Teenage girls come together to overcome obstacles

Teenage girls in Northeast, D.C. are overcoming their obstacles, simply by coming together and talking. It's all part of a program called "H.E.R. Story," standing for Helping Empower Regalness, which looks to give these girls an outlet.

WASHINGTON, DC (WUSA9) - Tia Haskins is just 16-years-old, but she said she's had to grow up pretty quickly, due to what she's seen in her Ward 8 neighborhood.

"Recently we've had a lot of shootings back to back," she said. "People getting killed. A pregnant lady got stabbed in an alley... It's a possibility I could lose my life stepping out of my home."

For the most part, Haskins said she tries to leave the troubles at home, but she said it's at time difficult to concentrate at school.

"It's like it follows me," she said. "Because that negative energy from there, it makes me have a bad attitude when I come to school that way."

But Haskins has found help in a perhaps surprising place - her peers. 

H.E.R. Story:

Haskins is one of many students at the Phelps A.C.E High School in Northeast that have found their voice through a program called "H.E.R. Story," which stands for "Helping Empower Regalness." Once a week, the teenage girls gather at the school to talk about the good and the bad in their lives. 

During every meeting, the girls will share a "rose," and a "thorn," referring to a good and a bad thing that had happened to them that week. 

"I'm starting to open up more instead of keeping it all inside," said one teenager. "I'm starting to talk to people more."

"There's a lot of negativity that's trying to surround me," said another.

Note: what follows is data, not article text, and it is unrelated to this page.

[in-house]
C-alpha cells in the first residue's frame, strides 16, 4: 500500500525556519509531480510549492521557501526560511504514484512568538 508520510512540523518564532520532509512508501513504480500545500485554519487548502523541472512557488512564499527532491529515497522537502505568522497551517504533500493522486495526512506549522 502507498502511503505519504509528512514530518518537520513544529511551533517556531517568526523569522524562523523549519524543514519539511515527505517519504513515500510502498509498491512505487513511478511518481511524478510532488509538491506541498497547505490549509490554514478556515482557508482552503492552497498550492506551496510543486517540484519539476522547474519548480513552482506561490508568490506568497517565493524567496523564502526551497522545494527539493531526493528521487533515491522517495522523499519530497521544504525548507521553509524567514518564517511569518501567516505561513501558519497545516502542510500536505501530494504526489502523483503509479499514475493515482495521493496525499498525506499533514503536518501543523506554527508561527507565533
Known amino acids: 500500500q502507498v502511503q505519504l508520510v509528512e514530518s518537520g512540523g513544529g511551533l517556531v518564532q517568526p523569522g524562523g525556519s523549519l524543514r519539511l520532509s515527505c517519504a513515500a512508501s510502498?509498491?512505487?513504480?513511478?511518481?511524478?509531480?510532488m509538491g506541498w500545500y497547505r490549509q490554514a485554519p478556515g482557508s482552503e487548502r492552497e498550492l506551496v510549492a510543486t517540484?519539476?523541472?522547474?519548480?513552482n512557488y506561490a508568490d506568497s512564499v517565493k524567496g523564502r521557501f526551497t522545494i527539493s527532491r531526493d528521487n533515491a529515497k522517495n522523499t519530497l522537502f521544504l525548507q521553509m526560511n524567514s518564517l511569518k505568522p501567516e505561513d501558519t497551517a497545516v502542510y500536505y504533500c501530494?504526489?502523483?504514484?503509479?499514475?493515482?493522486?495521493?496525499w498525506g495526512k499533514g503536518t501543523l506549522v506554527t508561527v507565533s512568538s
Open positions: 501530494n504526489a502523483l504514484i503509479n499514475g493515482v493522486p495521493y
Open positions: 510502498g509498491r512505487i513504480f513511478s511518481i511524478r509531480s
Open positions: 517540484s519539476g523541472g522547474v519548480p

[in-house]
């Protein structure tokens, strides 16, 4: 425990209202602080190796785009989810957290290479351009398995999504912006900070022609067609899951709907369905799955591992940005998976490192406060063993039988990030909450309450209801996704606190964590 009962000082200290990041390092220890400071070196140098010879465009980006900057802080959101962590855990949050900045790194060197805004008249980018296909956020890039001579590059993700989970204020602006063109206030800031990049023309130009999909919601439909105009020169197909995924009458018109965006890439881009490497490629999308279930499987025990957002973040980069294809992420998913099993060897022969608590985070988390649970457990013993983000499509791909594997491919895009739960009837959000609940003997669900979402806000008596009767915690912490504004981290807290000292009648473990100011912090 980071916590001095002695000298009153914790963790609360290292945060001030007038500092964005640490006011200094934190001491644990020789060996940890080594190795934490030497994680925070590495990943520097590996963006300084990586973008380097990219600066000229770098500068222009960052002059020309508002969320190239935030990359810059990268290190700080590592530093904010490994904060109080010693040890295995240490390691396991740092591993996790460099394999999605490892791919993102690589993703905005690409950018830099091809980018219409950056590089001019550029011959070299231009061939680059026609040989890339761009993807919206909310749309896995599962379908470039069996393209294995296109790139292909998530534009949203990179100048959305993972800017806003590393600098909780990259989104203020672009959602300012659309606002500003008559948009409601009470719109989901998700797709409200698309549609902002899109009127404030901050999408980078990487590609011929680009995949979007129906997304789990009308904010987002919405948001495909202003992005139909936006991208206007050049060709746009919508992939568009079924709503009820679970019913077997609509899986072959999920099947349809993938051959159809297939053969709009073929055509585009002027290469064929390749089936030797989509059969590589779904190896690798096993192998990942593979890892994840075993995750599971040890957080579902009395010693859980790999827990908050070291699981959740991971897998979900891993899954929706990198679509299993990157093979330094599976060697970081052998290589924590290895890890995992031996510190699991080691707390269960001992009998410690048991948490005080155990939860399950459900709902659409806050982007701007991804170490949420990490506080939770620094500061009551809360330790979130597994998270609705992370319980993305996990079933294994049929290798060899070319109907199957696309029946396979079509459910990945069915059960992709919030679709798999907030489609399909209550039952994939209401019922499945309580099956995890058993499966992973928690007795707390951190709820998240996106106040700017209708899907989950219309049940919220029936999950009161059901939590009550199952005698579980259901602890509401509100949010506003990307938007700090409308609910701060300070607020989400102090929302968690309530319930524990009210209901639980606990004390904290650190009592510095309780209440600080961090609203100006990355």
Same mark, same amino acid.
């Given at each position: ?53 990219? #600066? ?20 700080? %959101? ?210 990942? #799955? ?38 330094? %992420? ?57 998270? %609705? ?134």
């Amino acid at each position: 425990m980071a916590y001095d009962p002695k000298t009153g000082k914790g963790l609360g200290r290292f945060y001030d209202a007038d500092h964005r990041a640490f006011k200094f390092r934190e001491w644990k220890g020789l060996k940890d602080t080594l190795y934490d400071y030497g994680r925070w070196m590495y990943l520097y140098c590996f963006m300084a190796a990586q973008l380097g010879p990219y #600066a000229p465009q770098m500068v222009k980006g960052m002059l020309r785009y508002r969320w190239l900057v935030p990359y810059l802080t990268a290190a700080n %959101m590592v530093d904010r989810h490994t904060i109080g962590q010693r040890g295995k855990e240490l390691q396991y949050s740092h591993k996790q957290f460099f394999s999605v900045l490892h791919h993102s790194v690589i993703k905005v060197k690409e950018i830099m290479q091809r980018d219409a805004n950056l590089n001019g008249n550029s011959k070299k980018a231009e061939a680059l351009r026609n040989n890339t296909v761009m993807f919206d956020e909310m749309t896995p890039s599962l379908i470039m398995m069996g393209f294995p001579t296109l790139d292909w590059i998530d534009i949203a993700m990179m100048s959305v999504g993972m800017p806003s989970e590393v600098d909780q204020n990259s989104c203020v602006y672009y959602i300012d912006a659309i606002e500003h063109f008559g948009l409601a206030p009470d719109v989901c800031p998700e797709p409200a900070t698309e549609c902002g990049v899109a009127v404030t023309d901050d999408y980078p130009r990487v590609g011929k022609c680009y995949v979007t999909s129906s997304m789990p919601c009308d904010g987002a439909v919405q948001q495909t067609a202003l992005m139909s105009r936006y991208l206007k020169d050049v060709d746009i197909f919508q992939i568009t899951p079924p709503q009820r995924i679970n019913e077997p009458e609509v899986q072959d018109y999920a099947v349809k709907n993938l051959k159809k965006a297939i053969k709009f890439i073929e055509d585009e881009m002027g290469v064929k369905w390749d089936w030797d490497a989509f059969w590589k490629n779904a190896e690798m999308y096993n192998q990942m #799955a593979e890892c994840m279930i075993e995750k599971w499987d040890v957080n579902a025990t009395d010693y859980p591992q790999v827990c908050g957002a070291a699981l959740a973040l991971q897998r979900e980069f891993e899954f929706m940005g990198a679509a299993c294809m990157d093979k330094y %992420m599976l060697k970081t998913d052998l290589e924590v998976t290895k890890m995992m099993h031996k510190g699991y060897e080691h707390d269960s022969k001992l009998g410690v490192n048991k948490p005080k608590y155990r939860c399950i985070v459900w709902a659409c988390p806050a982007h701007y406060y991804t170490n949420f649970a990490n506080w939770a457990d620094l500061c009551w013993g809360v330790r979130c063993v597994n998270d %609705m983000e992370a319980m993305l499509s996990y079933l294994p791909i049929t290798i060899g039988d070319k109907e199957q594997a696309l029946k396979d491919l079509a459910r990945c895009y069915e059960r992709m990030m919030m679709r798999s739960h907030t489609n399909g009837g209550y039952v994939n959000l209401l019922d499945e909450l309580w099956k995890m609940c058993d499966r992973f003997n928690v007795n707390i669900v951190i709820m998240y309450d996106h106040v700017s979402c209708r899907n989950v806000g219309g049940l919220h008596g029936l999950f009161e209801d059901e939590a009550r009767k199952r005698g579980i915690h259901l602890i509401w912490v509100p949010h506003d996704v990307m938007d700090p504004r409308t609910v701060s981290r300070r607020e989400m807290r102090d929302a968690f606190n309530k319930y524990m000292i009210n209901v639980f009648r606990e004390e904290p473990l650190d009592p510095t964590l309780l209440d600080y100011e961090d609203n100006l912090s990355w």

"I've been having a lot of self-doubt," said another teen. "And it holds me back." 

The program was brought to the school by Shayla Stafford, an instructor at the school. She said it's all about giving the girls a break from any problems they may be facing at home or in their communities. 

"They really need a safe space just to be girls," she said. "And they need a place where they can get exposure and be connected with folks that really genuinely care about their future."

Jasmine Gibson is 18 years old, and said the program was especially helpful when she was younger. 

"My mom - she used to drink," she said. "She was an alcoholic. I used to know that I could come to this meeting, and just talk about it. And I won't feel like somebody is judging me... It was like my escape." 

The program is about more than just the meetings. The girls are also paired up with a female mentor in the community. If you want to mentor, you can visit the program's website at http://www.remixeducation.org/

© 2017 WUSA-TV


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